Global markets fell Thursday afternoon as the threat of a global trade war reignited, after the White House confirmed the European Union, Canada and Mexico would face steel and aluminium tariffs from midnight tonight, according to business a.m. monitored reported.
Officials failed to reach a deal to avert the levy before the exemption expires, US Commerce Secretary Wilbur Ross told reporters on Thursday. The exemption was set to expire on Friday.
“We look forward to continued negotiations, both with Canada and Mexico on the one hand, and with the European Commission on the other hand, because there are other issues that we also need to get resolved,” Ross said.
He added they had “made some progress,” but not enough to warrant a new exemption.
That means from tonight all steel products entering the US will face a 25 percent tariff, while aluminium will be hit with a 10 percent duty.
The news pushed markets – already jittery as a result of the political chaos in Italy and Spain – into negative territory.
Italy’s FTSE MIB is currently down 0.13 percent, while Spain’s Ibex is 0.2 percent lower and Germany’s Dax is down 0.75 percent.
The FTSE 100 has fallen since the news broke but is still just in positive territory, up 0.085 percent for the day.
On Wall Street, the Dow Jones Industrial Average is down 145 points or 0.62 percent.
European Commission President Jean-Claude Juncker said: “This is protectionism, pure and simple. Over the past months, we have continuously engaged with the US at all possible levels to jointly address the problem of overcapacity in the steel sector. Overcapacity remains at the heart of the problem and the EU is not the source of but on the contrary equally hurt by it.”
In a sternly-worded statement, he added that the EU would “not negotiate under threat”.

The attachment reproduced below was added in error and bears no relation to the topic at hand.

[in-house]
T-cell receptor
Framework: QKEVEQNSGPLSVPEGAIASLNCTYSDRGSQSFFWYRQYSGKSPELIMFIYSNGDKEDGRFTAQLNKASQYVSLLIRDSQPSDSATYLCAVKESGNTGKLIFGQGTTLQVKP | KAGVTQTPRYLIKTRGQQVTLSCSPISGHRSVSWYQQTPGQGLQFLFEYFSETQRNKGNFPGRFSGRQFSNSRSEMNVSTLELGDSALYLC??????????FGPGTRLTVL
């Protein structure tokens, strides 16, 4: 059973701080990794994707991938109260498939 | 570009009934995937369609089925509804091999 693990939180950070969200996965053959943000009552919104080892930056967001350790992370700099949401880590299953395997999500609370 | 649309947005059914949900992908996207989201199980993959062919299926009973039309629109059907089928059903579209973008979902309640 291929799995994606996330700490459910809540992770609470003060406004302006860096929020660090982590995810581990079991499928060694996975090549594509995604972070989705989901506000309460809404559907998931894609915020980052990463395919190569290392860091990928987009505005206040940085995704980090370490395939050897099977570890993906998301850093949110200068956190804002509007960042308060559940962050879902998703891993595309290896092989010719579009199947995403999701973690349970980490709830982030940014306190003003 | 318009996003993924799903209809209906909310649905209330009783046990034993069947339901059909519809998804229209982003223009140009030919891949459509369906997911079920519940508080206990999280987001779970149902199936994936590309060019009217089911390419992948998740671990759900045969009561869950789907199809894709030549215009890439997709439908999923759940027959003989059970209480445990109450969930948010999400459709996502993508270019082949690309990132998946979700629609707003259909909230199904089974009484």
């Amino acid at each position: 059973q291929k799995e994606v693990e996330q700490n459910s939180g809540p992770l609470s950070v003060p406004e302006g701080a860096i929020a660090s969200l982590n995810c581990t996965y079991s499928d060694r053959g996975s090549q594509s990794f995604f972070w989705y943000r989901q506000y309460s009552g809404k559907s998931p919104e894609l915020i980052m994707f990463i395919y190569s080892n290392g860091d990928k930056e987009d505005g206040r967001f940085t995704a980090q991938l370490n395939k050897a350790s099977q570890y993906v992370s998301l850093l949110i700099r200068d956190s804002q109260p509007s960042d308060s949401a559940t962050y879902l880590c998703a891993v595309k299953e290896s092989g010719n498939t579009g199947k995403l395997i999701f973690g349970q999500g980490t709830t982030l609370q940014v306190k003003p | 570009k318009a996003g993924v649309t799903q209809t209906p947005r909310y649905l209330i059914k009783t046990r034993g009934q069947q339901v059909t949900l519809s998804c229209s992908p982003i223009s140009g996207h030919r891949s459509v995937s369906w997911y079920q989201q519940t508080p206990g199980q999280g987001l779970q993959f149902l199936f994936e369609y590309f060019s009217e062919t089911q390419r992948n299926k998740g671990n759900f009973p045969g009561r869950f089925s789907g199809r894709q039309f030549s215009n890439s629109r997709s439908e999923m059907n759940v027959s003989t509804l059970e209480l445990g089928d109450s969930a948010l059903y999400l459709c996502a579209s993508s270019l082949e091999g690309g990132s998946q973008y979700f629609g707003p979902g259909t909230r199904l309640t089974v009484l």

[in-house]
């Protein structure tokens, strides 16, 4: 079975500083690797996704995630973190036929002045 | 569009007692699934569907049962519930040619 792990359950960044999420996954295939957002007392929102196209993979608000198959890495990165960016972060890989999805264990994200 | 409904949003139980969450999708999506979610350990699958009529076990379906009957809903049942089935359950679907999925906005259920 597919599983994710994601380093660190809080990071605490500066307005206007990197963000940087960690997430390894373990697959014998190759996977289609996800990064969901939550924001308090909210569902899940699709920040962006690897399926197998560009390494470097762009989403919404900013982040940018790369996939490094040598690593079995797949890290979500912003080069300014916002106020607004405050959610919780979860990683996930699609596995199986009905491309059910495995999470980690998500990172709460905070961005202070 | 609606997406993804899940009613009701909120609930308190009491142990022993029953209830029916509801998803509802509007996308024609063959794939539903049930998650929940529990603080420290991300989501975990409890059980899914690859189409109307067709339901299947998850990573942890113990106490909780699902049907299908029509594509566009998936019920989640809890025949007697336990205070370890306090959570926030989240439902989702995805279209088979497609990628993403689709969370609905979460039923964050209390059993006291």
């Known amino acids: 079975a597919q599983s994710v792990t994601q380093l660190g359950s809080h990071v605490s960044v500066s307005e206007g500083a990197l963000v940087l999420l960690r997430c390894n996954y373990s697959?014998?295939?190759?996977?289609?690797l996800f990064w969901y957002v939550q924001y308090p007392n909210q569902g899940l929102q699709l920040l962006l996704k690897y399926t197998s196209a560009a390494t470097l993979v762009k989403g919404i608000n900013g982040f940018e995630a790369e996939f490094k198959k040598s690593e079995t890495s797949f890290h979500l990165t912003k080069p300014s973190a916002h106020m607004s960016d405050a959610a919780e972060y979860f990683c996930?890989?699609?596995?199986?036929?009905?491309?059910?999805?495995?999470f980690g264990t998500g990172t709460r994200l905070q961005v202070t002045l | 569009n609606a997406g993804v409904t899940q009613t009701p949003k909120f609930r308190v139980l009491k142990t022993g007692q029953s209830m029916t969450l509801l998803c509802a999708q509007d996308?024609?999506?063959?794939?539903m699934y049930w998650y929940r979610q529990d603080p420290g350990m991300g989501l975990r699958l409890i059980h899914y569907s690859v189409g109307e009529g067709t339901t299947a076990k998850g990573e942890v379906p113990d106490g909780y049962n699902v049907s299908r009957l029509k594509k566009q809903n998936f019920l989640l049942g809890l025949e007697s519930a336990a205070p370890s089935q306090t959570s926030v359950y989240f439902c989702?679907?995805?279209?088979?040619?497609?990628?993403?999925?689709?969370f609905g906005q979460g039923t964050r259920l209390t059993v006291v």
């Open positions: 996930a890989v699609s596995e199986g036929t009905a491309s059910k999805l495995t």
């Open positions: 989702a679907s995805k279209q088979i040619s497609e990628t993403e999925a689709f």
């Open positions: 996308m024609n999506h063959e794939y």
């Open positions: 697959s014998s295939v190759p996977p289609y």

“By targeting those who are not responsible for overcapacities, the US is playing into the hands of those who are responsible for the problem. The US now leaves us with no choice but to proceed with a WTO dispute settlement case and with the imposition of additional duties on a number of imports from the US. We will defend the Union’s interests, in full compliance with international trade law.”
EU trade commissioner Cecilia Malmström added: “Today is a bad day for world trade. We did everything to avoid this outcome… Throughout these talks, the US has sought to use the threat of trade restrictions as leverage to obtain concessions from the EU.
“This is not the way we do business, and certainly not between longstanding partners, friends and allies.
“Now that we have clarity, the EU’s response will be proportionate and in accordance with WTO rules.”
The EU had already threatened reprisal tariffs, which could tip the US into another trade war. It is already on the brink of one with China over country-specific tariffs aimed at redressing the trade imbalance.
Back in March, Malmstrom said her tit-for-tat list included iconic US products such as Levi jeans, bourbon, peanut butter, cranberries and orange juice.
Gareth Stace, director of the trade association UK Steel, said: “This is a bad day for the steel sector, for international relations and for free trade.”
“Any US calls for the EU to voluntarily place hard limits on its exports of steel were completely unjustified, against WTO rules and run counter to central tenets of free-trade. It is only right that have been rebuffed by European Commissioner, Cecilia Malmström.
“It is difficult to see what good can come of these tariffs, US steel consumers are already reporting price increases and supply chain disruption and with some half billion dollars of steel exported from the UK to US last year, UK steel producers are going to be hit hard. As stated time and time again, the only sustainable solution to the root cause of the issue, global overcapacity in steel production, is multilateral discussions and action through established international channels.”
Ben Digby, the international director of the Confederation of British Industry, added: “The President’s measures are deeply concerning for firms in the UK, for close trading partners and across supply chains.
“Now is not the time for any disproportionate escalation, and we urge the EU to consider this when initiating its response… We hope that the USA will swiftly reconsider its decision, and we will be pressing home the importance of our transatlantic relationship with our counterparts and government figures in Washington, London and Brussels in order to protect the free and fair trade that is the key to our economic future.”